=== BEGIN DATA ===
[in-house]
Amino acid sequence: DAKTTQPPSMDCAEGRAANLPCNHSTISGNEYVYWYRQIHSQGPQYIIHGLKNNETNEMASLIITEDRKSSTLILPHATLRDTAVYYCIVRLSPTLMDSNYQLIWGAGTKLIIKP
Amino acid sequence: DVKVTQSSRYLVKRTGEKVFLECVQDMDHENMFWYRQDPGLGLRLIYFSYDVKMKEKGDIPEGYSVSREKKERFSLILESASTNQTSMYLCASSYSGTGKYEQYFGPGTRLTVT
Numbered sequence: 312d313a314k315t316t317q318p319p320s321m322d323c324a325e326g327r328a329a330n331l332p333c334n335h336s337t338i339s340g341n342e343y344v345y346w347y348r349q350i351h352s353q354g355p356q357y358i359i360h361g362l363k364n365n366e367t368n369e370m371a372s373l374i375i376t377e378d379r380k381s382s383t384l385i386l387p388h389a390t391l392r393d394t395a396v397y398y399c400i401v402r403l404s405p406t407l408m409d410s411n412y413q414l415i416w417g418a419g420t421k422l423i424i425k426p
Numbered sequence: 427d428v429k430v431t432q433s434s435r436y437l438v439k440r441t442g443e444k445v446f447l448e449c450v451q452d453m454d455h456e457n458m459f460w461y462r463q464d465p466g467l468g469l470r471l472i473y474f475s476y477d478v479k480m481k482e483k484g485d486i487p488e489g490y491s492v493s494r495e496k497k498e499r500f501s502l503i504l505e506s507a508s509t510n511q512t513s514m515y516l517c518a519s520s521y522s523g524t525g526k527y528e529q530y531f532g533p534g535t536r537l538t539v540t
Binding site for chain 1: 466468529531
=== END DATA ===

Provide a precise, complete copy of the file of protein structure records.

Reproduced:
[in-house]
Amino acid sequence: DAKTTQPPSMDCAEGRAANLPCNHSTISGNEYVYWYRQIHSQGPQYIIHGLKNNETNEMASLIITEDRKSSTLILPHATLRDTAVYYCIVRLSPTLMDSNYQLIWGAGTKLIIKP
Amino acid sequence: DVKVTQSSRYLVKRTGEKVFLECVQDMDHENMFWYRQDPGLGLRLIYFSYDVKMKEKGDIPEGYSVSREKKERFSLILESASTNQTSMYLCASSYSGTGKYEQYFGPGTRLTVT
Numbered sequence: 312d313a314k315t316t317q318p319p320s321m322d323c324a325e326g327r328a329a330n331l332p333c334n335h336s337t338i339s340g341n342e343y344v345y346w347y348r349q350i351h352s353q354g355p356q357y358i359i360h361g362l363k364n365n366e367t368n369e370m371a372s373l374i375i376t377e378d379r380k381s382s383t384l385i386l387p388h389a390t391l392r393d394t395a396v397y398y399c400i401v402r403l404s405p406t407l408m409d410s411n412y413q414l415i416w417g418a419g420t421k422l423i424i425k426p
Numbered sequence: 427d428v429k430v431t432q433s434s435r436y437l438v439k440r441t442g443e444k445v446f447l448e449c450v451q452d453m454d455h456e457n458m459f460w461y462r463q464d465p466g467l468g469l470r471l472i473y474f475s476y477d478v479k480m481k482e483k484g485d486i487p488e489g490y491s492v493s494r495e496k497k498e499r500f501s502l503i504l505e506s507a508s509t510n511q512t513s514m515y516l517c518a519s520s521y522s523g524t525g526k527y528e529q530y531f532g533p534g535t536r537l538t539v540t
Binding site for chain 1: 466468529531